The term “tortured artists” has been used to describe some of history’s greatest painters, from Van Gogh and Henri Tolousse Lautrec to Pablo Picasso and Jackson Pollock. They are credited with creating some of the world’s most recognized works of art, despite lives that were famously characterized by great emotional unrest and personal unhappiness. But does misery really beget valuable works of art? According to a new study in the INFORMS journal Management Science, an artist’s personal unhappiness, particularly if it’s experienced in times of mourning or bereavement, can actually cause a significant decrease in the value his or her work.
The study, “Death, Bereavement, and Creativity,” was conducted by researchers from Brandeis University and Princeton University. They studied the prices of more than 10,000 paintings produced by 33 French impressionist artists, along with more than 2,000 paintings by 15 American artists born between 1900 and 1920 – and their relation to the dates of deaths of the artists’ friends and family members.
By looking at the sale and auction price of these artists’ works from 1972 to 2014, the researchers found that paintings created in the year following the death of a friend or relative ended up lower in value – about 35 percent lower – compared to the rest of the artist’s catalog. There was no significant statistical difference based on the artists’ relationship with the deceased, i.e. parent, sibling or friend, say the researchers.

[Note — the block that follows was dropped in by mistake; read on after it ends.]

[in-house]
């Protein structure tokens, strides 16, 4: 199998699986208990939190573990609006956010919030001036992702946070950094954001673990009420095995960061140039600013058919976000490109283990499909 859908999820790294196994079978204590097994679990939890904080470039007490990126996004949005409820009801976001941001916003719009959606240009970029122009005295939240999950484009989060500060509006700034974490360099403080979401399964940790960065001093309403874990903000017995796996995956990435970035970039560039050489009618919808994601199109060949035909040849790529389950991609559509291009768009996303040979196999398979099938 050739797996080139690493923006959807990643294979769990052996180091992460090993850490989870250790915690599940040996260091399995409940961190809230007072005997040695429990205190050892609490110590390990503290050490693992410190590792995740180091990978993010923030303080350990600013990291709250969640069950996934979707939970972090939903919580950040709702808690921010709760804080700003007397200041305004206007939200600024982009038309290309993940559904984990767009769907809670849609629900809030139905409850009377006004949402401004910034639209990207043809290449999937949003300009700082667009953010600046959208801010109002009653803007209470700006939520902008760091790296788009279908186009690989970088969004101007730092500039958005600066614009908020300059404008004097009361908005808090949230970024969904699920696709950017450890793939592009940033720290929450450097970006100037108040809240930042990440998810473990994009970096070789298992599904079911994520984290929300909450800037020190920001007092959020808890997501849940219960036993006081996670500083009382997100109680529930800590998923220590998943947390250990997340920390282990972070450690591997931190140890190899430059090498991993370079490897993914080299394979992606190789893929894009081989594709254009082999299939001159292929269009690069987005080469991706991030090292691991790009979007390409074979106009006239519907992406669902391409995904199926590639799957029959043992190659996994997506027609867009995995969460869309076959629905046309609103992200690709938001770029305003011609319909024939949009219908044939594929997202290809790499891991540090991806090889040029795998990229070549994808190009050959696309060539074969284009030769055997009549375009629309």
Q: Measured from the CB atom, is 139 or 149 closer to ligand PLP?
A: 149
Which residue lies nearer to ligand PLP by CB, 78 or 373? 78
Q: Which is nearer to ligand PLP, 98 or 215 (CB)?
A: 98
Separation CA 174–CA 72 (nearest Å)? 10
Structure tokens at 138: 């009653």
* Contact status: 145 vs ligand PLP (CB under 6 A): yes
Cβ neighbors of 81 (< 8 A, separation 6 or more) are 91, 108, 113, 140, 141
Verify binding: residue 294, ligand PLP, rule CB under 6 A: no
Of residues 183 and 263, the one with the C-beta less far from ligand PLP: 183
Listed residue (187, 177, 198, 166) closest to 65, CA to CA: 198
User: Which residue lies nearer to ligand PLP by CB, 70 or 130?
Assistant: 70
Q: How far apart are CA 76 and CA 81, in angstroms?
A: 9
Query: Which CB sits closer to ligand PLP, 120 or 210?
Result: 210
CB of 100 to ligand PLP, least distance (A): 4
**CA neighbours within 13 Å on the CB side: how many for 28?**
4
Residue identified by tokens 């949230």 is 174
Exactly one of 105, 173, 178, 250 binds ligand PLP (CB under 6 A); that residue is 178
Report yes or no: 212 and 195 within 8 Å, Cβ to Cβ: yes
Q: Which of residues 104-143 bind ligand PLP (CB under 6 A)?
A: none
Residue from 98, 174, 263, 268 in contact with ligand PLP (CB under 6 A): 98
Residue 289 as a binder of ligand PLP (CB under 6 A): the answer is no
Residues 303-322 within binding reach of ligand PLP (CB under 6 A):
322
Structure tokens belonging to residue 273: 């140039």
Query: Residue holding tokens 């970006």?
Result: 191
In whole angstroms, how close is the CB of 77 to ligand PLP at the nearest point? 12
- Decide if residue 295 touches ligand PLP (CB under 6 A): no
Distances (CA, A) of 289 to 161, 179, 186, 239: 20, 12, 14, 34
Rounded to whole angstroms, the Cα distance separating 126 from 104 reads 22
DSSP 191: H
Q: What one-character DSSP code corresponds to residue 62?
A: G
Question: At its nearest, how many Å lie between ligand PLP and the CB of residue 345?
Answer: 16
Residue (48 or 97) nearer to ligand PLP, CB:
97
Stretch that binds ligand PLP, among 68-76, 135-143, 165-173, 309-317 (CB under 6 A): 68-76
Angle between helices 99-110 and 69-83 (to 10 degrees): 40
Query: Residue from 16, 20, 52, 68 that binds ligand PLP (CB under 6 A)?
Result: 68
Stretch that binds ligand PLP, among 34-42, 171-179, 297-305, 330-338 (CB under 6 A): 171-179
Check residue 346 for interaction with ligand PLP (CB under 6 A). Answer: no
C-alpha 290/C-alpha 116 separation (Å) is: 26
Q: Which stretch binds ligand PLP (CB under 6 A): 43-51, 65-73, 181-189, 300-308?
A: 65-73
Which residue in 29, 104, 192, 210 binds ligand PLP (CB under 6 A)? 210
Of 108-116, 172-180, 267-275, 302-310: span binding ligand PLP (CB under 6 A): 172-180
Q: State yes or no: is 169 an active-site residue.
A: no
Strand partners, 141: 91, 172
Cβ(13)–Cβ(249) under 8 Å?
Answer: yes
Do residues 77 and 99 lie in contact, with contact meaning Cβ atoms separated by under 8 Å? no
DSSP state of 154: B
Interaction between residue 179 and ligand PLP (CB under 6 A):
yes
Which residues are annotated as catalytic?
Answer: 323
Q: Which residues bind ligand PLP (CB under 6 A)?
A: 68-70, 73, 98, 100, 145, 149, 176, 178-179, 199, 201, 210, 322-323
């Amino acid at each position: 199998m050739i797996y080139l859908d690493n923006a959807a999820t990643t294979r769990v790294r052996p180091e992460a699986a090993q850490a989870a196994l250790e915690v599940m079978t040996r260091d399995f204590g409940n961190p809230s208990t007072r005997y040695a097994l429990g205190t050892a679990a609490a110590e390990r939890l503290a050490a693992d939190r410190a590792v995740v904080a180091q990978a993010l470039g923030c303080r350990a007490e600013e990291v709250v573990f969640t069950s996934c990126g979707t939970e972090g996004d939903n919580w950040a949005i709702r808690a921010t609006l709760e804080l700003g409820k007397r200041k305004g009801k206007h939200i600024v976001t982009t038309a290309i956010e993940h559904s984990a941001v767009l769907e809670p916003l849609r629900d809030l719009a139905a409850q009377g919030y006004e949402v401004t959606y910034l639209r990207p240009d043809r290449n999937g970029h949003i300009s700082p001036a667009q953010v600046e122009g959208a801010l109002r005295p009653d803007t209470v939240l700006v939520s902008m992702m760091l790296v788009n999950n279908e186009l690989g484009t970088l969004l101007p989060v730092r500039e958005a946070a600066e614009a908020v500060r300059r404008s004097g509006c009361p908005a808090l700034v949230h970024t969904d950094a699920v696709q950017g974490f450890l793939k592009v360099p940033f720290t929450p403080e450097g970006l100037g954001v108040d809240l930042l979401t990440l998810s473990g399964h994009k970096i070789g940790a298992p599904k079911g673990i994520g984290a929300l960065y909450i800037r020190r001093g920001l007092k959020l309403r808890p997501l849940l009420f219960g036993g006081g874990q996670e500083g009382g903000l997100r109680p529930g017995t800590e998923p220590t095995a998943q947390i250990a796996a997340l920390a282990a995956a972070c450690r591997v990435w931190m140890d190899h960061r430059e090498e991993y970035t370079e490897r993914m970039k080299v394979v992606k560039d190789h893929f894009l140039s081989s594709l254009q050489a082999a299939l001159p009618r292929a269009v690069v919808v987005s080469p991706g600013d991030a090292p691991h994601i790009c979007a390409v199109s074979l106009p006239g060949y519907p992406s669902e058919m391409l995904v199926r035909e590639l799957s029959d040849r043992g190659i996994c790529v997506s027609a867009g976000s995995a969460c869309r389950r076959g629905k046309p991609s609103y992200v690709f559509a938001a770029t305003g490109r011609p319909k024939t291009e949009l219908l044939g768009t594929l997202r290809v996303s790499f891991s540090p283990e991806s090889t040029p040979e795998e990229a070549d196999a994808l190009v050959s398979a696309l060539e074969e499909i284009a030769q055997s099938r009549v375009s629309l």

The value decrease typically did not extend beyond a one-year timeframe.
In addition to examining the impact of bereavement on the cost of the paintings, researchers also reviewed the impact of bereavement on the likelihood that a painting would be included in a museum collection. To figure that out, researchers gathered information on all the paintings created by the study’s artists that are in the collections of the New York Metropolitan Museum of Art, the Art Institute of Chicago, the National Gallery of Art, the J. Paul Getty Museum, and the Musée d’Orsay. Artwork painted in the first year following the death of a spouse, child, or sibling, was much less likely to be included in a museum collection, they found.
“Our analysis reflects that artists, in the year following the death of a friend or relative, are on average less creative than at other times in their lives,” said the authors. “Paintings that were created in the year following a death fetch significantly less at auction than those created at other times in an artist’s life, and are significantly less likely to be included in a major museum’s collection.”
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